CIE Applies Innovation and Technology to the Intermodal Chassis Industry
CIE in 2019 decided to begin manufacturing its chassis in North America .
When manufacturers cut costs, they might be tempted to sacrifice quality in their products. But CIE Manufacturing values quality in its chassis over cost, CEO Frank Sonzala insists.
For example, when LED lights became popular in the trucking industry, “The first thing we did was change the chassis by putting in all the newest technology,” he recalls. “We decided early on that we would not risk the safety of our customers and the public at large by choosing the cheapest alternative.”
Headquartered in South Gate, Calif., CIE manufactures intermodal chassis container trailers. Previously, the company operated as CIMC Intermodal Equipment, which is part of the CIMC Vehicles Group, based in Shenzhen, China. However, “We’ve always been an American company,” Sonzala asserts.
Before last fall, CIE served as distributor and assembler for its chassis products. However, in September, the company decided to begin manufacturing the chassis in North America with globally based products, including recycled U.S. steel. U.S. Steel is actually a worldwide product because the United States sends most of its recycled scrap out of the country.
The company also redesigned its ISO 9001:2015 certified factories in South Gate, Calif., and Emporia, Va., to have direct assembly lines for manufacturing, and to become more efficient in their assembly and inspection processes. This was accomplished by adding machinery and equipment, Sonzala says.
Today, CIE has a dealer network across the United States, Mexico and Canada. “We are the No. 1 chassis manufacturer in North America, with a 72 percent market share,” Sonzala reports, “a figure that is substantiated by VIN registrations reported by IHS Markit.”
But the company also is poised to make a name for itself with new products. Recently, CIE introduced its new Revere intermodal chassis at the ATA’s Technology & Maintenance Council annual meeting. “We actually took orders away from the show because of the chassis’ 10-year warranty,” he reports. The Revere Chassis line carries a 10-year warranty on all non-wear parts and boasts top componentry such as Accuride 10-year wheel ends, AXN seamless heavy-duty axle, TSE FT-REX sealed brake chambers and slack adjusters, and the Hutch 9700 Suspension Series.
CIE also is at work at adding advanced technologies and reducing its factory emissions to stay in harmony with its mission of minimizing their manufacturing footprint. With the help of a purifying system, “You can take emissions such as welding fumes and put them back into the atmosphere, cleaner than they were before,” Sonzala says.
CIE also treats water used during its manufacturing process and deposits it into its own ponds, inhabited by koi fish. “It’s nice for the customer to come through and say, ‘Look at all the koi fish in there, this must be a healthy environment,’” he says.
Check and Check Again
CIE also has reworked its quality and warranty programs. Director of Quality Control and Warranties Zhuangfan “Z” Li recently implemented new systems similar to the ones used by Freightliner and Navistar.
Previously, “Our warranty program was not as good as it should have been,” Sonzala admits, adding that CIE has shortened its response time for warranty claims to 24 hours. The firm also has improved its quality initiatives, which were already at an ISO 9001:2015 certified level.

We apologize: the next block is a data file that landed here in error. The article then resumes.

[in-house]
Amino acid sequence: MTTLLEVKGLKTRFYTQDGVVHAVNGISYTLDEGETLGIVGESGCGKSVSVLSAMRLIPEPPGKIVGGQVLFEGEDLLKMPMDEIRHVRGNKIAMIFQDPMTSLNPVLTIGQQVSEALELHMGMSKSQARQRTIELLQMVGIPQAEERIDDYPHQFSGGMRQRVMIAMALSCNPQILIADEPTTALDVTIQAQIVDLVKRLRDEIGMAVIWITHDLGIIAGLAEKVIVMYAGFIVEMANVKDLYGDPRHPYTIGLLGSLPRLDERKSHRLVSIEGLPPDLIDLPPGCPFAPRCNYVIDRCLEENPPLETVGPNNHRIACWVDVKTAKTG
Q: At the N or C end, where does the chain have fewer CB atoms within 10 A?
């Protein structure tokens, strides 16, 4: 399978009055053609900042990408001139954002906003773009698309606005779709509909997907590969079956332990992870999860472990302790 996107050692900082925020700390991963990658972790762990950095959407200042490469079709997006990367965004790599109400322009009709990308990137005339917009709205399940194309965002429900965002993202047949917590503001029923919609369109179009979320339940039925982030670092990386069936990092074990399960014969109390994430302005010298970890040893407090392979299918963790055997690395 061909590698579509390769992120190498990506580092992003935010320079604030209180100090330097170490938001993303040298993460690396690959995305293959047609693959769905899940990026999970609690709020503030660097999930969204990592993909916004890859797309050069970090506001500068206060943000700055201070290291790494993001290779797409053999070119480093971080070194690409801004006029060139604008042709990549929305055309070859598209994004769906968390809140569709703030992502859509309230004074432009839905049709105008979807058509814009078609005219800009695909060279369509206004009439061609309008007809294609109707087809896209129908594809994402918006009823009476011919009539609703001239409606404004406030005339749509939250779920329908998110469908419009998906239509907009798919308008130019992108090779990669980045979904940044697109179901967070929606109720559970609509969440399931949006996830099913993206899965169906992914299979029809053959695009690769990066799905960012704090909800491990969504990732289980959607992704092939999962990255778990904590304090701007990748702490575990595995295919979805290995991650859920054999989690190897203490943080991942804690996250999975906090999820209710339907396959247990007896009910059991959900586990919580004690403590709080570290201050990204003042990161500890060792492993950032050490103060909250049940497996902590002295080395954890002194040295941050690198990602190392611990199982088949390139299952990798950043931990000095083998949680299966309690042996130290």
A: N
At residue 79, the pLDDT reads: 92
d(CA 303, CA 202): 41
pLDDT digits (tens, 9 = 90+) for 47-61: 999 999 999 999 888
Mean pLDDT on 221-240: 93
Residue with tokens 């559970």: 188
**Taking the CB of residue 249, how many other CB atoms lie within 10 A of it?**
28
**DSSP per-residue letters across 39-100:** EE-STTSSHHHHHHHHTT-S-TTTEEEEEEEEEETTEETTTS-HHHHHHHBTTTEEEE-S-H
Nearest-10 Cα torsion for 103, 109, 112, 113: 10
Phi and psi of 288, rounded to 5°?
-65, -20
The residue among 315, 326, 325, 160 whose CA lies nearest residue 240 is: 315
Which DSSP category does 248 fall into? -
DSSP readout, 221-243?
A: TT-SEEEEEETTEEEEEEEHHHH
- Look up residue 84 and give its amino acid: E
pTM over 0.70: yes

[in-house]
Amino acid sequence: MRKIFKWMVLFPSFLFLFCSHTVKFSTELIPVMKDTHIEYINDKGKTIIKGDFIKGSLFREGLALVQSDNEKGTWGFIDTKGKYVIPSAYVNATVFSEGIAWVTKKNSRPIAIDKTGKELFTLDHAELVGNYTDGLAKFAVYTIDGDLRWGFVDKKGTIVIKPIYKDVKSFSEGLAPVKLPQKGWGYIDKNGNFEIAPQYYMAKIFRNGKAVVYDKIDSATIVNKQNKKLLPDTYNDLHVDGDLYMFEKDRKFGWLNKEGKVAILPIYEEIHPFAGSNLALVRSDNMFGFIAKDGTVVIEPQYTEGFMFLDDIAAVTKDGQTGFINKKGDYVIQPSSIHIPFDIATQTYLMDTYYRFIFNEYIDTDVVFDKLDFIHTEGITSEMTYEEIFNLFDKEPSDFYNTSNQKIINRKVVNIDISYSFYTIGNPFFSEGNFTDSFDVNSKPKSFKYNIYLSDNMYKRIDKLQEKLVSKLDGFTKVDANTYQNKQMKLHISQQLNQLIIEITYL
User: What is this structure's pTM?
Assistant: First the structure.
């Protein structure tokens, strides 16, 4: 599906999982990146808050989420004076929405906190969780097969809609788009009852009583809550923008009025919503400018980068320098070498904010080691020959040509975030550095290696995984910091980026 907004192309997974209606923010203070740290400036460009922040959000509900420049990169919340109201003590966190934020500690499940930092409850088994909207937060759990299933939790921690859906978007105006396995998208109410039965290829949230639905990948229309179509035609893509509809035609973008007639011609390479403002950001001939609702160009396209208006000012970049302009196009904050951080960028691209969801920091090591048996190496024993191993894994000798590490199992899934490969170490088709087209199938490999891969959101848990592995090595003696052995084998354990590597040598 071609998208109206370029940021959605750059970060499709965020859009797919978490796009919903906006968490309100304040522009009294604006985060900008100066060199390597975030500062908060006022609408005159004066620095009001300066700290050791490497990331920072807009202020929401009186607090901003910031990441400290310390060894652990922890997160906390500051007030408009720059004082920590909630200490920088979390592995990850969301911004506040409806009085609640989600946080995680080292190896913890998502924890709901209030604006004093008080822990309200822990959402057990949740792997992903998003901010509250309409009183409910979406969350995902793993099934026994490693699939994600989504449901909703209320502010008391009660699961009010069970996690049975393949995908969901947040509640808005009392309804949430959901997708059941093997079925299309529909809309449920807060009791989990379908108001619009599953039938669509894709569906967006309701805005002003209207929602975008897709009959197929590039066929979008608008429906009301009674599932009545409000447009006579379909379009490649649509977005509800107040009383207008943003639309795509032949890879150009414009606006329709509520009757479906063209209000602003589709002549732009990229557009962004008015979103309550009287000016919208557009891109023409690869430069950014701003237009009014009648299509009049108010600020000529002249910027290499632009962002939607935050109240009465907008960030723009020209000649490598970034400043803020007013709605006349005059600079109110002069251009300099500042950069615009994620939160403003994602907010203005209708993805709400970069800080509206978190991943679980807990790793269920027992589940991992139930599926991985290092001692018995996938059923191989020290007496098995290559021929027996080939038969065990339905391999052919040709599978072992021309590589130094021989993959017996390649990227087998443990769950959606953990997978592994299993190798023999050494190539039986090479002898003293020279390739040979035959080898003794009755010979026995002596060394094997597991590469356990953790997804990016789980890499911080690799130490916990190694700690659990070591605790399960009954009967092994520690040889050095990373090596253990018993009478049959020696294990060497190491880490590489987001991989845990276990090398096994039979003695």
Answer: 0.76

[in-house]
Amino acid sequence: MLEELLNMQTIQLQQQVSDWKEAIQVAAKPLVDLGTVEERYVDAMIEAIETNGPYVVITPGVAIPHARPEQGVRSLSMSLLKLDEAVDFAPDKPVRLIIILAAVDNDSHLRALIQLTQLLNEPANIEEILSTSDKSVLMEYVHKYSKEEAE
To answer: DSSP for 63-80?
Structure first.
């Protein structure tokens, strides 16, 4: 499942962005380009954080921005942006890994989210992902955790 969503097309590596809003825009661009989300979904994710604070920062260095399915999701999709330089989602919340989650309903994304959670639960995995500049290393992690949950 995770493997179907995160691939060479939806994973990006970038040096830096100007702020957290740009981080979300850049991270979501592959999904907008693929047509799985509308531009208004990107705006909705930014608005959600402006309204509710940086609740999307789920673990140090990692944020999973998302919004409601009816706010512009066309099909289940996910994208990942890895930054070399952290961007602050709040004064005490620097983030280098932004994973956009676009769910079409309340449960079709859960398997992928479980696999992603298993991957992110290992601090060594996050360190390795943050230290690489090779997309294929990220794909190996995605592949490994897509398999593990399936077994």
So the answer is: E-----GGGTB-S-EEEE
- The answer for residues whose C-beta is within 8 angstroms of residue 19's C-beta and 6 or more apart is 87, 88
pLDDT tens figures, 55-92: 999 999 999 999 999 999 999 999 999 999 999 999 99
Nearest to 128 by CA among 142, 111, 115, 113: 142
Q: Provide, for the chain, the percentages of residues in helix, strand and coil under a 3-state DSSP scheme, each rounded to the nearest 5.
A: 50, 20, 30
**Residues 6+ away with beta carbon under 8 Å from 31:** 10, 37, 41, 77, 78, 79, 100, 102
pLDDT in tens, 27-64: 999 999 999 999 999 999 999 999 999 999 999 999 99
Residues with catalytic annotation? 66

“When our product goes down the line, there’s a quality check at all five stations,” he describes. “When it gets down to the last station, there’s 125-point check before it goes out the door.”
Communication is another area where Sonzala says CIE distinguishes itself. Currently, “We’re the only chassis manufacturer who has a podcast once a month,” he reports. “It’s about our people, their capabilities and their desire to be No. 1 in the industry.”
The show — which Sonzala describes as a cross between “CBS Sunday Morning” and “The Tonight Show” — features guests who have ranged from vendors to state and national political representatives, the current Chairman of the American Trucking Association Randy Guillot, and of course, the occasional celebrity. “Country music star Karen Waldrup has been on our podcast,” Sonzala says.
CIE credits itself with utilizing out-of-the-box ideas and concepts to better educate the public about the intermodal industry, an industry that affects the daily lives of all Americans. One of these is the CIE Dispatch, a monthly newsletter that has approximately 17,000 subscribers. “We tell them what’s going on,” Sonzala says, noting that the Dispatch has had theme issues as well.
In February, the newsletter was all about “love,” just in time for Valentine’s Day. “It’s a little odd but it makes it more interesting than cramming people with [company] info,” he says.
On the Lookout
Sonzala sees a strong future ahead for CIE as it continues to grow. Someday, “Our plants will be able to produce at least 60,000 chassis a year,” he predicts, adding that the company wants to acquire other firms that make specialty chassis.
This would bring CIE into a market that requires lower production levels, and Sonzala is on the lookout for a modestly sized operation. “I need a force to put out a smaller amount of volumes, and smaller amount of volumes means a better return on investment, too,” he concludes. “If current companies are not as technically advanced as CIE, we may just develop a mini-CIE to handle these markets. The future is bright at CIE and anything is possible.”